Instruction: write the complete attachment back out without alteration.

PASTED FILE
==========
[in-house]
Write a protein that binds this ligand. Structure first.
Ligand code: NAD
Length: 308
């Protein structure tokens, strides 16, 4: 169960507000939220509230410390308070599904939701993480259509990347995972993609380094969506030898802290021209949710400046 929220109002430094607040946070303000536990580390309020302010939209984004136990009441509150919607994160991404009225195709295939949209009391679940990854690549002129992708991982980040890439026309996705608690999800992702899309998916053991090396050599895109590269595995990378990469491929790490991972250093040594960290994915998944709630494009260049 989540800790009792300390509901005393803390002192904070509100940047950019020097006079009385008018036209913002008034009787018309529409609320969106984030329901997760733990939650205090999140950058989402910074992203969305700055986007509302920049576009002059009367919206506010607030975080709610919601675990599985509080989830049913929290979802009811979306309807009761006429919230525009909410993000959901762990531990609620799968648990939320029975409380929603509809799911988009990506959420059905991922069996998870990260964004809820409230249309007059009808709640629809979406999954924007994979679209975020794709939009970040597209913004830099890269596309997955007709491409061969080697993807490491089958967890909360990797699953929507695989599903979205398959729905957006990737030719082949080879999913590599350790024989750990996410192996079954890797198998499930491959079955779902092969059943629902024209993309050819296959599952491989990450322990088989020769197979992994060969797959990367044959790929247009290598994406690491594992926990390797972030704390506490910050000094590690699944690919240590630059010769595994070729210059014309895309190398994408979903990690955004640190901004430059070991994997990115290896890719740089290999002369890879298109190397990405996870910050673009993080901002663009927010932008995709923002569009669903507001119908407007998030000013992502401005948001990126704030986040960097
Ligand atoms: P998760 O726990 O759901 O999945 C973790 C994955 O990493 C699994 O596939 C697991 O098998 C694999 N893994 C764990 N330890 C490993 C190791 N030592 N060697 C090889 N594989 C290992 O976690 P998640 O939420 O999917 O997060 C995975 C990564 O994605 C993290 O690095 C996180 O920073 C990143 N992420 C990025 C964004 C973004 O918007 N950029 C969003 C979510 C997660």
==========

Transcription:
[in-house]
Write a protein that binds this ligand. Structure first.
Ligand code: NAD
Length: 308
């Protein structure tokens, strides 16, 4: 169960507000939220509230410390308070599904939701993480259509990347995972993609380094969506030898802290021209949710400046 929220109002430094607040946070303000536990580390309020302010939209984004136990009441509150919607994160991404009225195709295939949209009391679940990854690549002129992708991982980040890439026309996705608690999800992702899309998916053991090396050599895109590269595995990378990469491929790490991972250093040594960290994915998944709630494009260049 989540800790009792300390509901005393803390002192904070509100940047950019020097006079009385008018036209913002008034009787018309529409609320969106984030329901997760733990939650205090999140950058989402910074992203969305700055986007509302920049576009002059009367919206506010607030975080709610919601675990599985509080989830049913929290979802009811979306309807009761006429919230525009909410993000959901762990531990609620799968648990939320029975409380929603509809799911988009990506959420059905991922069996998870990260964004809820409230249309007059009808709640629809979406999954924007994979679209975020794709939009970040597209913004830099890269596309997955007709491409061969080697993807490491089958967890909360990797699953929507695989599903979205398959729905957006990737030719082949080879999913590599350790024989750990996410192996079954890797198998499930491959079955779902092969059943629902024209993309050819296959599952491989990450322990088989020769197979992994060969797959990367044959790929247009290598994406690491594992926990390797972030704390506490910050000094590690699944690919240590630059010769595994070729210059014309895309190398994408979903990690955004640190901004430059070991994997990115290896890719740089290999002369890879298109190397990405996870910050673009993080901002663009927010932008995709923002569009669903507001119908407007998030000013992502401005948001990126704030986040960097
Ligand atoms: P998760 O726990 O759901 O999945 C973790 C994955 O990493 C699994 O596939 C697991 O098998 C694999 N893994 C764990 N330890 C490993 C190791 N030592 N060697 C090889 N594989 C290992 O976690 P998640 O939420 O999917 O997060 C995975 C990564 O994605 C993290 O690095 C996180 O920073 C990143 N992420 C990025 C964004 C973004 O918007 N950029 C969003 C979510 C997660």